Daniel Patrick Moynihan
A Portrait in Letters of an American Visionary
Edited by Steven R. Weisman
PublicAffairs, $35, 608 pp.
Age of Fracture
Daniel T. Rodgers
Belknap/Harvard University Press, $29.95, 360 pp.
How are we to think about the politics of Daniel Patrick Moynihan, the maverick senator and public intellectual who died in 2003? “I am not a ‘neoconservative,’” Moynihan told the author of a 1979 magazine profile, “but instead a liberal much as John F. Kennedy was liberal, [even] a bit more so.” He insisted to the New York Times that his “ideological roots are in the Democratic Party of Franklin D. Roosevelt.” Mostly, he chafed at the attempt to pin him down. “God save us from labels,” he complained to the historian Christopher Lasch.
Any label we might place on Moynihan seems inadequate, too narrow to encompass his varied and improbable career. Just as improbable for a politician these days is the publication, from a respectable publisher no less, of a thick book of letters. (Try to imagine curling up with the collected correspondence—or is it collected tweets?—of Jim DeMint, Charles Schumer, or, God help us, Michele Bachmann.) Dead less than a decade, the Moynihan revealed by this Portrait in Letters is an artifact from another political age—comfortable at Harvard and in Washington, D.C.; a key contributor to Public Interest as well as a savvy pol. Moynihan’s four terms as a U.S. senator from New York, his service in key roles in three administrations interspersed with stints as ambassador and professor, constitute an extraordinary career, placing him at the center of many of the most important policy debates of the late twentieth century.
The beginnings of that career were less auspicious. Moynihan’s rough-and-tumble childhood on the (then) dicey streets of Manhattan’s West Side is not detailed in these missives, but editor Steven Weisman’s helpful introduction describes the Moynihan family’s effort to cling to the bottom rungs of respectability. The father abandoned the family when Moynihan was ten, and his mother struggled through a series of jobs and two subsequent marriages, barely managing to feed and house her two sons. “The richest inheritance any child can have,” he later told President Lyndon Johnson, is a “stable, loving, disciplined family life.”
Service in the Navy and the benefits of the GI bill propelled Moynihan into a different social orbit. He took a hurried PhD in sociology at Tufts and an additional degree, funded by the new Fulbright program, from the London School of Economics, where he developed the stylistic tics—the bow ties, the British locutions such as “whilst”—that marked him as an aspiring man of letters and man about town. He returned to the United States planning a book either on the topic of his dissertation (the International Labor Organization) or on New York’s governor Averill Harriman.
Neither book was completed. Moynihan’s temperament proved less scholarly than writerly, less attuned to the big idea painstakingly developed than the penetrating insight garnered from intense, abbreviated absorption in a topic. In years to come he would enjoy the occasional teaching stint, but he repeatedly gravitated from the academic sidelines to the policy arena. Moynihan was nothing if not ambitious; his flattery of Richard Nixon during the final, bitter weeks of the 1968 campaign—even as he worked in support of the Democratic nominee, Hubert Humphrey—remains a case study in career advancement. “Have no fear that I will accept the job [with the Nixon administration],” he writes one Democratic party correspondent less than a month before the election and two months before he does just that.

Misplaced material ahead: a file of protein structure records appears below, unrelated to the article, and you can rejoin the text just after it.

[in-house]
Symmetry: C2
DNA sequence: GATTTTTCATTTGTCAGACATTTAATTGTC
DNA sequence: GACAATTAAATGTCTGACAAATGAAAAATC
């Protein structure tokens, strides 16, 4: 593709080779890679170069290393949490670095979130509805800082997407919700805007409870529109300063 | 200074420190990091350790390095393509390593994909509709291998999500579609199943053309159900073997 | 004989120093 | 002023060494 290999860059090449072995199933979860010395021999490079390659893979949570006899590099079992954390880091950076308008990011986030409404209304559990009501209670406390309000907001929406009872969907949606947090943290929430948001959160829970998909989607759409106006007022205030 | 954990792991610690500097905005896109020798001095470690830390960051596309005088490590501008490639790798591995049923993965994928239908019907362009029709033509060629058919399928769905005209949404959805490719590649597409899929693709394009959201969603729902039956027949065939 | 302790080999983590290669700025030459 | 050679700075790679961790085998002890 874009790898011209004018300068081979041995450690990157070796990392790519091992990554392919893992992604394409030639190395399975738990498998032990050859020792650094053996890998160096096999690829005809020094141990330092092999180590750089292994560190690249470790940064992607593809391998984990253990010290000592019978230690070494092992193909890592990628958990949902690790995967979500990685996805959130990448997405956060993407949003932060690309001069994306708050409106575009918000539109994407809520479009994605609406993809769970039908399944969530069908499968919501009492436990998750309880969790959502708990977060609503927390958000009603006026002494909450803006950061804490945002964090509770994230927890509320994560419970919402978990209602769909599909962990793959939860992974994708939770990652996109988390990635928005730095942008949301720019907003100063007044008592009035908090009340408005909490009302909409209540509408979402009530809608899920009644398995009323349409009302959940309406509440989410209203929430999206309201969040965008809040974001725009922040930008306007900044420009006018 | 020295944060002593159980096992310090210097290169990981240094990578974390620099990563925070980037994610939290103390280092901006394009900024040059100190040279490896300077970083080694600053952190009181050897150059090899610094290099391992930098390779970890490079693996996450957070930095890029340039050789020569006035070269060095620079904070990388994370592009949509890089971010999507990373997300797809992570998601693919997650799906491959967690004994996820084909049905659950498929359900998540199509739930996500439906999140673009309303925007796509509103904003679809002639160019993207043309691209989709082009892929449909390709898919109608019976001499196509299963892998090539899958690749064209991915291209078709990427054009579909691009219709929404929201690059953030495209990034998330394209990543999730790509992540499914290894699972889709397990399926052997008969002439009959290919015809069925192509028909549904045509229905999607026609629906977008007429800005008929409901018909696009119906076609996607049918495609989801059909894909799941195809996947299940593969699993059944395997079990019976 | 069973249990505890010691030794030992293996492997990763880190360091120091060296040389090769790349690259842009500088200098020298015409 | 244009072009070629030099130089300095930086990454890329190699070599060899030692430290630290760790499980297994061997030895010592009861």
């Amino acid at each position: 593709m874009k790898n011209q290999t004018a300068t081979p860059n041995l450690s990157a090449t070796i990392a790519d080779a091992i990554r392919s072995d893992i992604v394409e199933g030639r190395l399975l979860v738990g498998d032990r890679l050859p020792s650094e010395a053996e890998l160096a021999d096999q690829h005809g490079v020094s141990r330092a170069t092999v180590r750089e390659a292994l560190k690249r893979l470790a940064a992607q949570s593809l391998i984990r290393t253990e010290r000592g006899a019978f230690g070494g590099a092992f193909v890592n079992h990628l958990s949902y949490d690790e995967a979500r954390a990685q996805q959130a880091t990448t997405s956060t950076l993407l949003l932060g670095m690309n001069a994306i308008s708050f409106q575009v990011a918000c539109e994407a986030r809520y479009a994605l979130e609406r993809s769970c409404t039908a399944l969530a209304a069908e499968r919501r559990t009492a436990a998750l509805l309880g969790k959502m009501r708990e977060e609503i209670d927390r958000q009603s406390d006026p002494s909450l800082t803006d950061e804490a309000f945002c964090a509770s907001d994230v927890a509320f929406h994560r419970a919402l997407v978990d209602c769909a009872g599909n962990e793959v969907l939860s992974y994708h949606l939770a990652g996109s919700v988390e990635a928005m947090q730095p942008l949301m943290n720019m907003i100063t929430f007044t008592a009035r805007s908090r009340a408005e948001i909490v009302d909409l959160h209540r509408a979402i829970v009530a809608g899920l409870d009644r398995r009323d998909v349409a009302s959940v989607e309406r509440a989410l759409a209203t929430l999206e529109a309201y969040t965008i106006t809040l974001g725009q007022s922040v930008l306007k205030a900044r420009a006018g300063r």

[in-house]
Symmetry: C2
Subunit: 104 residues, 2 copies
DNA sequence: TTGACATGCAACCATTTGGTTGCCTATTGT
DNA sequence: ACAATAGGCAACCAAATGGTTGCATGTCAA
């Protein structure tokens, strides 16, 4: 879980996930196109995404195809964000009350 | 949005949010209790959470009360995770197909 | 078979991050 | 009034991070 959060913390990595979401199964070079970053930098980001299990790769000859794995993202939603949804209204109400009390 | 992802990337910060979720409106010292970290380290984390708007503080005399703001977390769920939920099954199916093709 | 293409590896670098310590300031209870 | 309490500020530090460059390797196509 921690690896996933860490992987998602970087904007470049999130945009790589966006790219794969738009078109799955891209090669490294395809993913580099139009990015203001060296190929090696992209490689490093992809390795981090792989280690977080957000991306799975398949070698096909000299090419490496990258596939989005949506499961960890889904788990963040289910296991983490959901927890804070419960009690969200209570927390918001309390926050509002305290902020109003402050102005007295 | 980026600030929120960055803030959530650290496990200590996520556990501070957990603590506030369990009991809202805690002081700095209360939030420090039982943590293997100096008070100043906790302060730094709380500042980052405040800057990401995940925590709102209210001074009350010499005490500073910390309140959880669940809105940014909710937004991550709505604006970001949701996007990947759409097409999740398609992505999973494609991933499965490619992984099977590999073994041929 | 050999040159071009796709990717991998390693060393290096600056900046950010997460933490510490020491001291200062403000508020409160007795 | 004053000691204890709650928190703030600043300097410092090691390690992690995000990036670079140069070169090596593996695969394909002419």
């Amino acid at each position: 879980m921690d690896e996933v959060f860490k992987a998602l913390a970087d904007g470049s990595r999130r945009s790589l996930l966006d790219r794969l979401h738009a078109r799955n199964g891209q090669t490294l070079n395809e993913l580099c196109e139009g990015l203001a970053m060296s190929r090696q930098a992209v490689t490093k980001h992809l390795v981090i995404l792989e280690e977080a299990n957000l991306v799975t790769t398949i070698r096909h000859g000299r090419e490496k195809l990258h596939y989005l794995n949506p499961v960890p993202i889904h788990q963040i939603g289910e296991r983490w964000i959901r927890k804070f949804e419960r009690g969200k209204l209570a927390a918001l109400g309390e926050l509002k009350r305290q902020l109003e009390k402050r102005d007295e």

Employment in both the Johnson and Nixon administrations suggests the difficulty of locating Moynihan on a right-left grid. Viewed in light of today’s polarized political climate, Moynihan’s distaste for ideological convention is especially refreshing. Allied with liberals in the early 1960s, he came to view the era’s reform efforts, especially Johnson’s war on poverty, as overly sanguine about the ability of Washington policymakers to shape individual behavior. Most famously—provoking in the process a torrent of abuse from liberal allies—he warned in a 1965 report that the surge of single-parent families in the nation’s African-American community boded ill for American society.
More than any other figure of his era, Moynihan pushed scholars and policymakers to think about the enduring role of ethnicity—here he drew on his intimate knowledge of New York City’s political tribalism—in organizing social relations. This focus prompted him to express skepticism about the long-term future of the multicultural and multilingual Soviet empire, at a moment when the left wing of the Democratic Party and the Republican Right shared a conviction (albeit for differing reasons) that the Soviet state would endure indefinitely.
Moynihan’s preoccupations were not especially Catholic. Though he attended Mass regularly, he kept his distance from debates among bishops and Catholic intellectuals. The term “abortion” does not appear in the index of this volume, and though he voted against the legalization of partial-birth abortion, describing the procedure as “too close to infanticide,” his voting record was prochoice. Yet his keen eye for the social structures undergirding working- and middle-class life gave him an appreciation for the institutional networks of twentieth-century Catholicism; the weakening of these networks over the past decade, shattered by declining Mass attendance and the sexual-abuse scandal, would have discomforted him. He repeatedly chided fellow Democrats for not realizing that vouchers for parents with children in Catholic schools fell within the best traditions of American pluralism. Supreme Court decisions claiming such aid to be a violation of the separation of church and state were wrong in “just the way” decisions permitting racial segregation were wrong.